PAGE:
In a nutshell, the indicator needle simultaneously shows the top of the image frame and exposure compensation. It is very simple and, what is most important, convenient!
Mamiya C33 became the first in the Mamiya TLRs line-up to have automatic shutter cocking. I cannot say that it is a must but it is a convenient option, despite the fact that it doesn’t work with the oldest chrome-finishing lenses.
However, during film advance on my camera, when automated shutter cocking should occur, the shutter cocking lever of the body did not fully press on the shutter cocking lever of the lens. As a result, the shutter cocking did not always work automatically. But this issue may easily be fixed by slightly bending the shutter cocking lever on the camera.
It is worth noting that there is a small benefit that a 1/4” tripod mount thread is installed on Mamiya C33. In the subsequent models (Mamiya C330 and C330f) a 3/8” thread mount was used. It is, of course, not a big deal to buy an adapter but it should be found first.
Thus, Mamiya C33 is the base model that is worth considering. And I believe that it is the most successful model out of the entire Mamiya TLRs line-up.
Mamiya-Sekor 105mm F3.5
However strange it may sound, it turned out to be the easiest part to pick a lens. My choice fell on a Mamiya-Sekor 105mm F3.5 for various reasons. First of all, I needed a lens that could fulfil the functions of a standard lens with the field of view of 40-50 degrees. And despite the fact that I mostly shoot portraits, I prefer to stay quite close to a model to maintain a connection, that is why long-focus lenses are not fit for purpose. Besides, I needed quite a fast lens F2.8-3.5 and Mamiya doesn’t have a big variety of such lenses in its line-up, the more so long-focus ones.
Thus, my choice was limited to two lenses — 80mm and 105mm. In order to understand what lens is a better fit, I took my camera, set its parallax correction lever for the 80mm lens and started to “focus” up to the point when a needle appeared on the ground glass in the viewfinder, recording this distance.
Then, having done the same for the 105mm lens, I understood than it allows me to make tighter portraits than the 80mm lens, not taking into account parallax correction. In other words, it was necessary to make parallax correction for the Mamiya-Sekor 105mm F3.5 at a much closer distance than for the 80mm lens.
It is not surprising because the shorter focal length is, the more parallax correction is required for the same shooting distance.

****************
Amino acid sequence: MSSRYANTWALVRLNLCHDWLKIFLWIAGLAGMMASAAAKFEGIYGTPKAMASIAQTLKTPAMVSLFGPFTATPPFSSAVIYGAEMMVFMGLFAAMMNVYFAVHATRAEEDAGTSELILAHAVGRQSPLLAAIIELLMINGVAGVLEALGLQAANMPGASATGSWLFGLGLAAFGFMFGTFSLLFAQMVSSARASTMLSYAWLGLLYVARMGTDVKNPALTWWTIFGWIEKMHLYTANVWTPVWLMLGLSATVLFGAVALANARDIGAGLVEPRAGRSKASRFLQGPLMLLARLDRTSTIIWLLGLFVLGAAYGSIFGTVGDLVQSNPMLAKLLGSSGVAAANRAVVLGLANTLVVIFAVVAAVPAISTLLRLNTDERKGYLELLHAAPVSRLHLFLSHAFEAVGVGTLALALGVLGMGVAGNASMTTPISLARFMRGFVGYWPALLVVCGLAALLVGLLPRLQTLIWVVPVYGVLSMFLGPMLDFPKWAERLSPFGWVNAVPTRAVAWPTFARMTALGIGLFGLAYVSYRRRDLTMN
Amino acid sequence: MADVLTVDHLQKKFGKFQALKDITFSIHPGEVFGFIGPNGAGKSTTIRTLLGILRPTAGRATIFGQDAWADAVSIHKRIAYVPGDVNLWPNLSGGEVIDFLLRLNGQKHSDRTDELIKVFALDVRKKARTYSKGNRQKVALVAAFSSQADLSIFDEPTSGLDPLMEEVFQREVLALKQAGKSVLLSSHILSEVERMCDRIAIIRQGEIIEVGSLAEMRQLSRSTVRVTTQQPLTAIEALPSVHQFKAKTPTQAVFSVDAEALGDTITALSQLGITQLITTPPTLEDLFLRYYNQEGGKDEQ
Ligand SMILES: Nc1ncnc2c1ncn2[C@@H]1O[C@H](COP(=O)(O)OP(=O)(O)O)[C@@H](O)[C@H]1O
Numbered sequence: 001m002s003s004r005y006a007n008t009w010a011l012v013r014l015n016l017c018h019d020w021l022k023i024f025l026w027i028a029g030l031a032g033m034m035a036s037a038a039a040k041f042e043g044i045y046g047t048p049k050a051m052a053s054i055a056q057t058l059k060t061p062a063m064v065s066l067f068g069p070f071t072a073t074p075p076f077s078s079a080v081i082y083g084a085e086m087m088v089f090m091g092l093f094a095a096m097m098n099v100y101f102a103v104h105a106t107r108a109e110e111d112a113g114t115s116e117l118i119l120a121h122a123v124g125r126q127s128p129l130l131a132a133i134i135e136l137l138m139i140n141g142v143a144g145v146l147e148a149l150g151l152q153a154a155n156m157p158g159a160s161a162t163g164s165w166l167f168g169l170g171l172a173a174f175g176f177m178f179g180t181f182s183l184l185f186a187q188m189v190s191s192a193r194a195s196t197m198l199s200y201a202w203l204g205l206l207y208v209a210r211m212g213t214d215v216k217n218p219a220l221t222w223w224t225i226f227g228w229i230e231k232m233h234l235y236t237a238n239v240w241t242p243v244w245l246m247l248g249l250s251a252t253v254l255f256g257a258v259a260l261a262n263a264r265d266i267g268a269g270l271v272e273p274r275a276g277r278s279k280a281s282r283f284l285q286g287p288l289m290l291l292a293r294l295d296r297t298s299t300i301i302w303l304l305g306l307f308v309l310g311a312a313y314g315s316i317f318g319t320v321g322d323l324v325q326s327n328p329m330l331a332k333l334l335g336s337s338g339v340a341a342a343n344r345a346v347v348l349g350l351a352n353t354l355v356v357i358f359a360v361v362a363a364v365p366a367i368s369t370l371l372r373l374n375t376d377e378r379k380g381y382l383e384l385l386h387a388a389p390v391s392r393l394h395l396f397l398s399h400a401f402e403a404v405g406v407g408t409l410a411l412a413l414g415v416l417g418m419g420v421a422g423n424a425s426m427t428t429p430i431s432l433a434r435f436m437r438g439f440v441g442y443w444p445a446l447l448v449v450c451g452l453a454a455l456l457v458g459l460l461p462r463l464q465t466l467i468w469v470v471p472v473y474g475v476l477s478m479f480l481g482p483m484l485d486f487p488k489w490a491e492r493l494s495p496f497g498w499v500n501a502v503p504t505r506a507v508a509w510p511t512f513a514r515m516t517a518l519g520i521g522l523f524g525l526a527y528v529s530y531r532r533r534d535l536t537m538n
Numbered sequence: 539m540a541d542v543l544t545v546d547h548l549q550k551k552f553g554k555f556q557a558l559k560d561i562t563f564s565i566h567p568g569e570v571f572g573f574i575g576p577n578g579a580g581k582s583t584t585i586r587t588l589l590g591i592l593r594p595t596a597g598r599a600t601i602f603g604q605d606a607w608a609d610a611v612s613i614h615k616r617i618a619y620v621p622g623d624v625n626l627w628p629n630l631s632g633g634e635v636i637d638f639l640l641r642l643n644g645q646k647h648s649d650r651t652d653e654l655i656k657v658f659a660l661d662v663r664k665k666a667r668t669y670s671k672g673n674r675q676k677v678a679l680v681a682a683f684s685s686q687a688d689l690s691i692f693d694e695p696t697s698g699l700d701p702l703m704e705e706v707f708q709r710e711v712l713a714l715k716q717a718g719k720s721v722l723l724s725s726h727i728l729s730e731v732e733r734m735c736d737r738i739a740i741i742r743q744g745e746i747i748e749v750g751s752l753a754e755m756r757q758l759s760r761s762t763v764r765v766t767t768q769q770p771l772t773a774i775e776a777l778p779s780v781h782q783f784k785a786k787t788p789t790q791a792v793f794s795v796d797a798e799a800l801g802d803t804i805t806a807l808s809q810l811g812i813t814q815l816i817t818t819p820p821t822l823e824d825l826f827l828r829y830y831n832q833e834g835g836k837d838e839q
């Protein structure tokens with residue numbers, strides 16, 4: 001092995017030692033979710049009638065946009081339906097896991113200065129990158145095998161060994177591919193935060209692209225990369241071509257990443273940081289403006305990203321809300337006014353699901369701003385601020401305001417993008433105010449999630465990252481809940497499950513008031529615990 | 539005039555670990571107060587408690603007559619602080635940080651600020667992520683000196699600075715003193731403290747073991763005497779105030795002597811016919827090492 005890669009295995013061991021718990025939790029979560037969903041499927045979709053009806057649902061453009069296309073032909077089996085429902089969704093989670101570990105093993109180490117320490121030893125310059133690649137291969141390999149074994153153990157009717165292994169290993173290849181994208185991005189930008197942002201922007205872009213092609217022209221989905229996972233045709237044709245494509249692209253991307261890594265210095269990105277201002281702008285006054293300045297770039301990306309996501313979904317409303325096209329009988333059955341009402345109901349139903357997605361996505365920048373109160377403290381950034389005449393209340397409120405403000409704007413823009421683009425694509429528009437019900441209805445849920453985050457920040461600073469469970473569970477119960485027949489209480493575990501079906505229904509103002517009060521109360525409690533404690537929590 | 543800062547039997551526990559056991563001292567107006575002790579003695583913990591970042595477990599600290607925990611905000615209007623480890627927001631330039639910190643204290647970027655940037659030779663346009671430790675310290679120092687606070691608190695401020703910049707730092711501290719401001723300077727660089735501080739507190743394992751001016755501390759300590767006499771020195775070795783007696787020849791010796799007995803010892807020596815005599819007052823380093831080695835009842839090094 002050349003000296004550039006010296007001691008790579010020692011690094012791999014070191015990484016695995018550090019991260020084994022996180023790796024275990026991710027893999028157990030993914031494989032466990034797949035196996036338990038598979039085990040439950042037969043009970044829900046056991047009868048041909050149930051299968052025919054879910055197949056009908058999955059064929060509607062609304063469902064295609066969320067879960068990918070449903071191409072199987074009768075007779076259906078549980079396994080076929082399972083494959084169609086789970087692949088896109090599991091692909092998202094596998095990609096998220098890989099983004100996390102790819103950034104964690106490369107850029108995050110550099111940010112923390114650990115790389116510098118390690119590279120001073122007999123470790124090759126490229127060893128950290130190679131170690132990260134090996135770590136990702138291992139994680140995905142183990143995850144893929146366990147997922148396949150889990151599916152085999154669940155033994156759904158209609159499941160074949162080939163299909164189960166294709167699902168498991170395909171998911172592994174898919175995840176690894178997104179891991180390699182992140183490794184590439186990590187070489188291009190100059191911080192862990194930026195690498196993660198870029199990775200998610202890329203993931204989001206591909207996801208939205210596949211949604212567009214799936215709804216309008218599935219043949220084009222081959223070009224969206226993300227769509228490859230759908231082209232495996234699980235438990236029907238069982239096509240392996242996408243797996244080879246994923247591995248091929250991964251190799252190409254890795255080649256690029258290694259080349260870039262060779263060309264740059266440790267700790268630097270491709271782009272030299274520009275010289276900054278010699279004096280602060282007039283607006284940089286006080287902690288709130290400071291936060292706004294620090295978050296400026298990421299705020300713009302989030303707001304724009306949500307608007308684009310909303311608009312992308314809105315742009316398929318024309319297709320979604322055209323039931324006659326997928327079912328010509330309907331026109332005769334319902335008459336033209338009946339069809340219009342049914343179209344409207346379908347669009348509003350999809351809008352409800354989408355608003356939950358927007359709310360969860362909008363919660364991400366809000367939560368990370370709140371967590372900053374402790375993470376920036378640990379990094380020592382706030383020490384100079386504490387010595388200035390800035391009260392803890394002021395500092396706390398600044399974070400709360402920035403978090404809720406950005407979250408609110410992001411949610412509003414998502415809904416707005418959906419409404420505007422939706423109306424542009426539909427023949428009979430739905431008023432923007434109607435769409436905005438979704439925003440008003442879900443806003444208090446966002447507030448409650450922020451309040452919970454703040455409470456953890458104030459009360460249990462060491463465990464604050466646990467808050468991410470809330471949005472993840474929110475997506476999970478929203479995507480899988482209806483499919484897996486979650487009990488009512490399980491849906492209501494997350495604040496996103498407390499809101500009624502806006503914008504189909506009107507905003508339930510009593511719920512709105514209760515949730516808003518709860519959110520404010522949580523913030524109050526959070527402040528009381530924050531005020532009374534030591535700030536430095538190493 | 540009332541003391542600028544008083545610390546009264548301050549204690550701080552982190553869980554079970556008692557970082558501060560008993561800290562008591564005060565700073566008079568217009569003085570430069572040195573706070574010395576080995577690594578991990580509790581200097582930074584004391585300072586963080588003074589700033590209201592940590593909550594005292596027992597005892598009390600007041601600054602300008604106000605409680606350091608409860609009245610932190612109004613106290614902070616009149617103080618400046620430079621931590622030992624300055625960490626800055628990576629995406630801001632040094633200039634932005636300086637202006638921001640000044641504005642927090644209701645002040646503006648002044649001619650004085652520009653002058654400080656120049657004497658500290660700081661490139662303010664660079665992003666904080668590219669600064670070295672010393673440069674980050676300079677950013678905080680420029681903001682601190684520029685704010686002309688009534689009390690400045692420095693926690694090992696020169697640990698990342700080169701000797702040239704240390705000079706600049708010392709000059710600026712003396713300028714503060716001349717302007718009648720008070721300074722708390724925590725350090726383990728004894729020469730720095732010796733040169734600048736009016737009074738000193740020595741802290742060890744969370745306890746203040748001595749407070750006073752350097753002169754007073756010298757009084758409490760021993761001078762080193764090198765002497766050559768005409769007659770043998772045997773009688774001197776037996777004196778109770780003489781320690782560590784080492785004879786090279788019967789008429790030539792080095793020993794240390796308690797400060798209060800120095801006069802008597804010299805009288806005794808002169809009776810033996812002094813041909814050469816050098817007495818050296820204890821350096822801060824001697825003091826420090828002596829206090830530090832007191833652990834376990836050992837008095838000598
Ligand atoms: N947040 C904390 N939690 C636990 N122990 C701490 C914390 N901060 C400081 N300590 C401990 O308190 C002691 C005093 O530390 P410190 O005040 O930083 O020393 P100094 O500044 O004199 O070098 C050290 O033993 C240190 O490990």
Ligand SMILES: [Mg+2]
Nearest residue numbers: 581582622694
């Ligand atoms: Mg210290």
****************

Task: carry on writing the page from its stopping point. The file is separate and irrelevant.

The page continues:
The 105mm lens has the field of view amounting to about 41 degrees — this roughly corresponds with a 58mm lens for 35mm cameras. Overall, in my view, the 105mm lens is one of the most interesting in the entire Mamiya TLR lens line-up. It is also a lens which has undergone most modifications. There are a total of four main types of the Mamiya-Sekor 105mm F3.5 lens — chrome, black, black “D” and black “DS”.
The first two types are Tessar-type lenses, with the main difference being their finish while optics-wise they are identical. The last two types of this lens (“D” and “DS”) are the most interesting. They both have a black finish and look similar to the second type of the 105mm lens but in fact, they are Heliar-type lenses.
However, it should be noted that not all 105mm F3.5 D lenses appear to be of the Heliar-type as some of them are of the Tessar-type. It is possible to distinguish between them by comparing their size. For a more detailed description of all the types of this lens, I recommend you refer to the original manual about Mamiya-Sekor 105mm F3.5 lens.
The depth of field preview (DOF preview) was also added to the 105mm F3.5 DS lens. It is very hard to implement DOF preview in a TLR camera, that is why probably it was made part of only this lens.
In fact, this lens has two diaphragms: one in the taking lens and another one — in the viewing lens. The latter fulfils the function of the DOF preview — you just set a certain aperture value, which you intend to use during shooting and see in the viewfinder how an image would look like.
Unfortunately, I only managed to get hold of the second Tessar-type of this lens. Its bokeh has a typical Tessar style with a light swirl on edges. Meanwhile, when shooting at the aperture of F11-16, it doesn’t make any major difference of what optical formula a lens has, especially when taking images against a plain background. But overall, I was satisfied with this lens.
All black Mamiya-Sekor 105mm F3.5 lenses have a filter thread mount of 46mm. They are somewhat more convenient than 40.5mm because lens filters 46mm are more common. As for a lens hood, I used a cheap round metal hood.
It is quite difficult to produce TLR cameras with interchangeable lenses. But Mamiya managed to solve this problem, making the process of changing a lens on TLR cameras quite simple and convenient, albeit it requires some time to get used to. First, you need to completely retract the bellows into the body by turning the focusing knob and recess the film wind crank into the camera body. Then set the lens changing knob to the “UNLOCK” position. Finally, push the lens catch bracket down and remove the lens.
To mount a lens you need to repeat this sequence of actions in the reverse order. For easier lens mounting, it is recommended to precock the lens shutter with your fingers on the lens that is being mounted so that the shutter coking lever on the body doesn’t hinder the process. However, I didn’t do that. But for some lenses it simply needs to be done. And finally, it is necessary to adjust parallax correction lever to the appropriate focal length index. On the face of it, it may seem to be a complex and time-consuming process. But in fact, it is possible to get used to it quite fast.